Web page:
Injuries and conditions that are not covered by workers comp, even if your employer has coverage and you’re eligible, include aneurism, embolism, heart attack, stroke, depression, anxiety, and post-traumatic stress syndrome (PTSD). Whatever your injury or illness is, you’re not eligible for workers’ comp if, at the time of your accident, you were under the influence of drugs or alcohol, injured yourself intentionally, or were hurt in the process of committing a crime.

Employer and Employee Workers’ Comp Exemptions

South Carolina businesses that are not required to purchase workers’ comp insurance include those with fewer than four employees, those with yearly payrolls of less than $3,000, agricultural businesses, and railroads. Such employers have the option of carrying workers’ comp voluntarily, but they don’t have to.

Some employees who are not eligible to receive workers’ comp benefits for a work-related injury or illness include commissioned real estate agents and independent contractors. Construction workers may be categorized as independent contractors who receive 1099 wage statements.

While some companies list all 1099 workers as contractors to avoid paying for their workers’ comp coverage, not every such employee is technically an independent contractor, so some construction workers might be covered while others are not. To make matters more complicated, general contractors sometimes require the subcontractors on a construction job to purchase workers’ comp coverage for their casual workers in case they suffer injuries in on-the-job mishaps. For these reasons, the services of an experienced lawyer are often necessary to determine whether your construction-related injury or illness is covered by workers’ comp and to help you get fair benefits.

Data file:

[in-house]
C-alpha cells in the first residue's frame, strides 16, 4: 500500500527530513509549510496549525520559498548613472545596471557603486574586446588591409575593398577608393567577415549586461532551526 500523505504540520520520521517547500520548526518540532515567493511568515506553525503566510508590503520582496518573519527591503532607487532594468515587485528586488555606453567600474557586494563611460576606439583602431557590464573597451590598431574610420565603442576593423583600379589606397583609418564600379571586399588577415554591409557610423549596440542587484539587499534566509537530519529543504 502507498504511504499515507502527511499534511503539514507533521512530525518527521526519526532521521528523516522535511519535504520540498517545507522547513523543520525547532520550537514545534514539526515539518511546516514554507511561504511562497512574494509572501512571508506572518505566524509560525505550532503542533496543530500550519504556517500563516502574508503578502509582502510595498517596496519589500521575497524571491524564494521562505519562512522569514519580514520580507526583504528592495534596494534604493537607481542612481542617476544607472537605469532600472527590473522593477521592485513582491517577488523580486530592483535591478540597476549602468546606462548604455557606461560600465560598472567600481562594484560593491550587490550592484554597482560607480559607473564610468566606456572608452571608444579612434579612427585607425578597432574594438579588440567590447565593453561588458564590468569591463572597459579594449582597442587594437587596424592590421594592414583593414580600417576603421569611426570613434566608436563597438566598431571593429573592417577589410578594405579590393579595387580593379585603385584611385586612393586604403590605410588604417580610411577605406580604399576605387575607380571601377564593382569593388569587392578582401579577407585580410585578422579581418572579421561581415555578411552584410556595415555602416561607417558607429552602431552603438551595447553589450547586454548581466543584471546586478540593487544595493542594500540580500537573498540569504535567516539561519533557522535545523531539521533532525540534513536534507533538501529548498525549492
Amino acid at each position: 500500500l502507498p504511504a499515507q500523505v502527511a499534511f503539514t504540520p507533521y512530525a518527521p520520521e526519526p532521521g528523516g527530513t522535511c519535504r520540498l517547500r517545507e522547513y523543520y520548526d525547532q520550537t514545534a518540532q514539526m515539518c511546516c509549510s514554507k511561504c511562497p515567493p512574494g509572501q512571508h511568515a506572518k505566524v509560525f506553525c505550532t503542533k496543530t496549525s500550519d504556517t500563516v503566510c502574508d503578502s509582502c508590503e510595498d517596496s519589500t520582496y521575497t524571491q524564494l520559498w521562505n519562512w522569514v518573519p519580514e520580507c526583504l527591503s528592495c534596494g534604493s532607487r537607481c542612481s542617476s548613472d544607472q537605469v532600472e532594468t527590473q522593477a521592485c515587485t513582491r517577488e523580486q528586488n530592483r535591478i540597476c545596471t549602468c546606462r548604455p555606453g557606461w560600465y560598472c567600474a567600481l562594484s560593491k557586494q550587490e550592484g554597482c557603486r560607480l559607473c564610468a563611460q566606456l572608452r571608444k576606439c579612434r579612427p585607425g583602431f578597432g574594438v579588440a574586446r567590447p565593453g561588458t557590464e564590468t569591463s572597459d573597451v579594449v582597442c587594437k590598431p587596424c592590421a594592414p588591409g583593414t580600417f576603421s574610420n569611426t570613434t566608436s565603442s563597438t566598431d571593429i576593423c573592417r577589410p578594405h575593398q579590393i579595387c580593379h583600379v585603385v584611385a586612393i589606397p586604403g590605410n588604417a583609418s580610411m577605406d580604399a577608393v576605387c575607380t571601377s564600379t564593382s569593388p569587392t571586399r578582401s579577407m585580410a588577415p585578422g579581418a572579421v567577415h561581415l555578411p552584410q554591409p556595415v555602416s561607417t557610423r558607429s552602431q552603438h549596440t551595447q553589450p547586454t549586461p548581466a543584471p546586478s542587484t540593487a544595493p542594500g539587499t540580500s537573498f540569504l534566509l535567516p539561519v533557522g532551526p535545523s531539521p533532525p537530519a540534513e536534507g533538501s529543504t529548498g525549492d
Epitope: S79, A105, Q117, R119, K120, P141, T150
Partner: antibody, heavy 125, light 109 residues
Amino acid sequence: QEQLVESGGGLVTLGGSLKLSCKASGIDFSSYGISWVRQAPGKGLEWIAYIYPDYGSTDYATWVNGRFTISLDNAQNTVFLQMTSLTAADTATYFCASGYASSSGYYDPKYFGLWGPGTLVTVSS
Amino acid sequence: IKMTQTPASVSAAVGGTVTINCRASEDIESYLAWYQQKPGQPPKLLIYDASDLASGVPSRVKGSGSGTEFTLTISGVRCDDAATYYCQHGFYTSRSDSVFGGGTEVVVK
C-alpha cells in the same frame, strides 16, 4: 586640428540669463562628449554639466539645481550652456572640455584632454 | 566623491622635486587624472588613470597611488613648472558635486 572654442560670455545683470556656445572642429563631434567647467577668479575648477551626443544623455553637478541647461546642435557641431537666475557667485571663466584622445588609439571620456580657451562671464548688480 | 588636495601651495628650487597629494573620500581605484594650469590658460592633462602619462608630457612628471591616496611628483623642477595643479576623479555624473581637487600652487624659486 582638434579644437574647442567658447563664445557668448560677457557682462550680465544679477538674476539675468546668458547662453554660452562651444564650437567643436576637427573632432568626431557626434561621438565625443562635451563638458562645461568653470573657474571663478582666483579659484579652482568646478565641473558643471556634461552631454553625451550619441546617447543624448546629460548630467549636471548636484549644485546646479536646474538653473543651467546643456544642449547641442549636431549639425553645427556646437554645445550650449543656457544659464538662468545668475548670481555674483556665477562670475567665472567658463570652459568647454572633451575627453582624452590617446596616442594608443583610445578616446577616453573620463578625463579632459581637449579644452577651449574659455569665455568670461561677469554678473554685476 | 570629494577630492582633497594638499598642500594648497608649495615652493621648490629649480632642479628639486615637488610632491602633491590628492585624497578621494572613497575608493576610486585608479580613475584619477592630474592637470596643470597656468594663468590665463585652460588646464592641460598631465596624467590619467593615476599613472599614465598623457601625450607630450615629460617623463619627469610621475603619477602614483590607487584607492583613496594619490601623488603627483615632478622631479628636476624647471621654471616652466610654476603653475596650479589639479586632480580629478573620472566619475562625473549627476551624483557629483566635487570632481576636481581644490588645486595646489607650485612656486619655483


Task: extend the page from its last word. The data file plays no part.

What to Do If You’re Not Covered

If your employer is not exempt but still does not carry workers’ comp insurance, you might be able to file a claim for compensation with the South Carolina Uninsured Employers' Fund (UEF). The UEF was created to ensure payments of workers' compensation benefits to injured employees whose employers have failed to acquire necessary coverage for their employees in accordance with South Carolina workers' compensation laws.

Third-Party Lawsuits

Workers’ comp essentially eliminates and replaces lawsuits filed by injured employees against their employers, so you can’t sue your employer for your injury if the company carries workers’ comp. If, on the other hand, your injury or illness was partially or completely caused by a third party (an employee of a different company working on the same construction site with you, for example), you might be able to bring a suit against that third party for your damages. Your third-party claim could include compensation for pain and suffering, which workers’ comp does not pay.

Have You Been Injured On The Job In South Carolina?

If you've been hurt at your job you can speak with a workers' compensation lawyer. Please contact us online or call our Charleston, South Carolina office directly at 843.488.2359 to schedule your consultation. We are also able to meet clients at our Florence, ConwayMyrtle Beach, Murrells Inlet, Mt. PleasantNorth Myrtle Beach or North Charleston office locations.

Dirk J. Derrick
Connect with me
South Carolina Lawyer Dirk Derrick helps victims recover from car accidents, personal injury & wrongful death.